We conduct a first comprehensive empirical study of the bank contingent convertible (CoCo) issues market. Two main findings emerge from our study. First, the impact of CoCo issuance on CDS spreads is negative and statistically significant, indicating that CoCo issuance reduces banksícredit risk. The reduction in CDS spreads is much larger for mandatory conversion (MC) CoCos than for principal write-down (PWD) issues. The impact on CDS spreads for the &34;global systemically important bank" (GSIB) issuers tends to be considerably stronger in the lead-up to issuance than on and after the issue date. In contrast to CDS spreads, there is no significant impact on equity prices of CoCo issuers. Second, analysis of bankís securities pricing post CoCo issuance reveals that investors in CoCos view instruments as risky and place a significant likelihood on the possibility of conversion. Thus while CoCos provide capital buffer to banks, the effect on reducing risk-taking incentives is rather weak.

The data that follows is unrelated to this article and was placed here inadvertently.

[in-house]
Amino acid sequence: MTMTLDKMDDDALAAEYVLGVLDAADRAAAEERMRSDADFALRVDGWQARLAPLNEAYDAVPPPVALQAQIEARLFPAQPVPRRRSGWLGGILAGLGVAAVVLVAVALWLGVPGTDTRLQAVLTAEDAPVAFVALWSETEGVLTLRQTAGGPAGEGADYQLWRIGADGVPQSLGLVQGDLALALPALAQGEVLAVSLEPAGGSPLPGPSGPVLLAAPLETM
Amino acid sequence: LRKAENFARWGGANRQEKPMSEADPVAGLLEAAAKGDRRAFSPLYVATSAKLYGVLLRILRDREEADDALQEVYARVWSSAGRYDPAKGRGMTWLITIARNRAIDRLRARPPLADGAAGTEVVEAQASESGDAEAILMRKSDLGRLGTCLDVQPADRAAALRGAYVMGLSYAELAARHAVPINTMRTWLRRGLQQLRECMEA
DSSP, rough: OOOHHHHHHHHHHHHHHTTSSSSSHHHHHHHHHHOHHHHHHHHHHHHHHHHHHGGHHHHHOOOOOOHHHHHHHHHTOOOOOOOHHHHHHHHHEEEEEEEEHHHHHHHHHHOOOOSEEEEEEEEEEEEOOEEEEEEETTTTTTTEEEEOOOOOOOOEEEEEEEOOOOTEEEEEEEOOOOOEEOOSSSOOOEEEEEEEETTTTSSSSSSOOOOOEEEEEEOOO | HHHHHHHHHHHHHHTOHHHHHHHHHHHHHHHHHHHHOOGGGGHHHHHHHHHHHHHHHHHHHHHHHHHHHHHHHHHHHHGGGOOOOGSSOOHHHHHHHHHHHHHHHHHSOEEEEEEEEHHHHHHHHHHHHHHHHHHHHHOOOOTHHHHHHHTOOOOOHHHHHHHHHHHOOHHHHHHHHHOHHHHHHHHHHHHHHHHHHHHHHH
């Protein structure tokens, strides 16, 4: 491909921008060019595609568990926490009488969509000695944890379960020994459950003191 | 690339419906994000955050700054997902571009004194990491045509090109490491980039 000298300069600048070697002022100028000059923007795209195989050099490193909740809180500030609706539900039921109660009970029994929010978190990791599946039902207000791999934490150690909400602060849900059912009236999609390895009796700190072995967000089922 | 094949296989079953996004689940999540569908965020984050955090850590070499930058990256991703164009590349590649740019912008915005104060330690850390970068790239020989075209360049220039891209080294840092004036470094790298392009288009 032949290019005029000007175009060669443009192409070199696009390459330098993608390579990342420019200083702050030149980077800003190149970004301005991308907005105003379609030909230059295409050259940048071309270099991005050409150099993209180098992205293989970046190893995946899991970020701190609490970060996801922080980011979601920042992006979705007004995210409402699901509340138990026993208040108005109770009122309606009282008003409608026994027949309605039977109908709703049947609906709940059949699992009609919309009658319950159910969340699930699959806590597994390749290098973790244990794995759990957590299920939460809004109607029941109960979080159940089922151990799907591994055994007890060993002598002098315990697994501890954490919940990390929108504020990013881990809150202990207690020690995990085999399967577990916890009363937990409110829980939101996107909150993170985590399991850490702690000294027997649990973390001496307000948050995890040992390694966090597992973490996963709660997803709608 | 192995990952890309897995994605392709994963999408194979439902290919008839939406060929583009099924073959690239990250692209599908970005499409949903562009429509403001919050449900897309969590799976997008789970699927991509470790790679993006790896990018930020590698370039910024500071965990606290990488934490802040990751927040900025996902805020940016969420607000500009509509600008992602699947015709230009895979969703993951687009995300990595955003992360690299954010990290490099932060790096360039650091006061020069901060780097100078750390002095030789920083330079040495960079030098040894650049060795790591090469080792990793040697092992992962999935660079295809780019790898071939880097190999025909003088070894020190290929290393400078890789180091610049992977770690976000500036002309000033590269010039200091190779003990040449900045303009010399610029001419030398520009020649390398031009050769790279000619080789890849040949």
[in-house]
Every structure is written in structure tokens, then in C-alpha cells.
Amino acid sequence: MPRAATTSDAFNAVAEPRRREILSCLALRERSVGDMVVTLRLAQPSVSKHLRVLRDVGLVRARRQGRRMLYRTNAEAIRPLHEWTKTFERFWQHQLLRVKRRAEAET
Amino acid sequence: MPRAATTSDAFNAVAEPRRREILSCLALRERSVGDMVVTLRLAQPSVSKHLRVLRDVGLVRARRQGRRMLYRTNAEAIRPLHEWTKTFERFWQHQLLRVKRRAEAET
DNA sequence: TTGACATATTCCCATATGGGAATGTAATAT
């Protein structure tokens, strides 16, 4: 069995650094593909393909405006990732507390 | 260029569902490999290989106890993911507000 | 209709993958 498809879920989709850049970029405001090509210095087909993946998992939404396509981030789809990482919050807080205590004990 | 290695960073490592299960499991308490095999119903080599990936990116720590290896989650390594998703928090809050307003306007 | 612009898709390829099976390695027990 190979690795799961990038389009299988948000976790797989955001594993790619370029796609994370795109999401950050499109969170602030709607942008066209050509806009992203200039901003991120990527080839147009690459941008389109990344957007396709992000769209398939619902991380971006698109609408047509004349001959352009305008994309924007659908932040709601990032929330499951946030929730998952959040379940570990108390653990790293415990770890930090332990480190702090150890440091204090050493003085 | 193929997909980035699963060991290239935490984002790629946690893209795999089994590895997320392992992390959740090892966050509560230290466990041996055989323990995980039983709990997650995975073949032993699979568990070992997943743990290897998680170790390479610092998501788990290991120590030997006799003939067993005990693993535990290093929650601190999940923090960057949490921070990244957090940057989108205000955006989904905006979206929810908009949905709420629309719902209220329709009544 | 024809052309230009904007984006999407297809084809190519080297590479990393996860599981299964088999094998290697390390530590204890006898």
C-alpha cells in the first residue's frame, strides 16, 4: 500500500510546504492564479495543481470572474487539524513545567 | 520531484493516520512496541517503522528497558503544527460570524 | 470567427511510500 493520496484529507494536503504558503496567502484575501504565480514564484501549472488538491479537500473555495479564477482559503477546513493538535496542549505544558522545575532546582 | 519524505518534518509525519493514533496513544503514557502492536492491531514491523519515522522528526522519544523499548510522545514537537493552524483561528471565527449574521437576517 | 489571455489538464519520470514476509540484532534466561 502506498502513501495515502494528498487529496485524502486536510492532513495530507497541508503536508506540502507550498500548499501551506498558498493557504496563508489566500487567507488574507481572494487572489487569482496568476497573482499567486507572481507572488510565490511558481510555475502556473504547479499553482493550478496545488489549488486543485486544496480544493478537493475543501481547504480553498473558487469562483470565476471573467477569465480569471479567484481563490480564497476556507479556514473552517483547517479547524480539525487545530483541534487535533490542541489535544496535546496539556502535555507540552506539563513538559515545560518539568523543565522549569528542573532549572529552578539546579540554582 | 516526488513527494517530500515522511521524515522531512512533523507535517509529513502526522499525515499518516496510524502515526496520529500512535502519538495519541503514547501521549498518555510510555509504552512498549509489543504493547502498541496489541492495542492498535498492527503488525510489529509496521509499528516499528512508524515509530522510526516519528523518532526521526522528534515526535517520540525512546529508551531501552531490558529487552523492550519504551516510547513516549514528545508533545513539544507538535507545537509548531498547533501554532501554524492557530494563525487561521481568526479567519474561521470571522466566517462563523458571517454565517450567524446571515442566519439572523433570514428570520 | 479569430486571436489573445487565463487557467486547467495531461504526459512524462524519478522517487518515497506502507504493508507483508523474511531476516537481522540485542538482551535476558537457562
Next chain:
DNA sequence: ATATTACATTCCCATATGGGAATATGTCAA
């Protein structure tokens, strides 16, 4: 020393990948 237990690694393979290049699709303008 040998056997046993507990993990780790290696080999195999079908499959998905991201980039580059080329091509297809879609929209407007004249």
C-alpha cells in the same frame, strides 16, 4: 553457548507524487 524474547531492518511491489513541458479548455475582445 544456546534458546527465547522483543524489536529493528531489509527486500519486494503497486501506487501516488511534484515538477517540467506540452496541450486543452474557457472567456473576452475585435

Avdjiev, Stefan, Bilyana Bogdanova, Patrick Bolton, Wei Jiang, and Anastasia Kartasheva. "CoCo Bonds Issuance and Bank Funding Costs: An Empirical Analysis." Columbia Business School, 2016.
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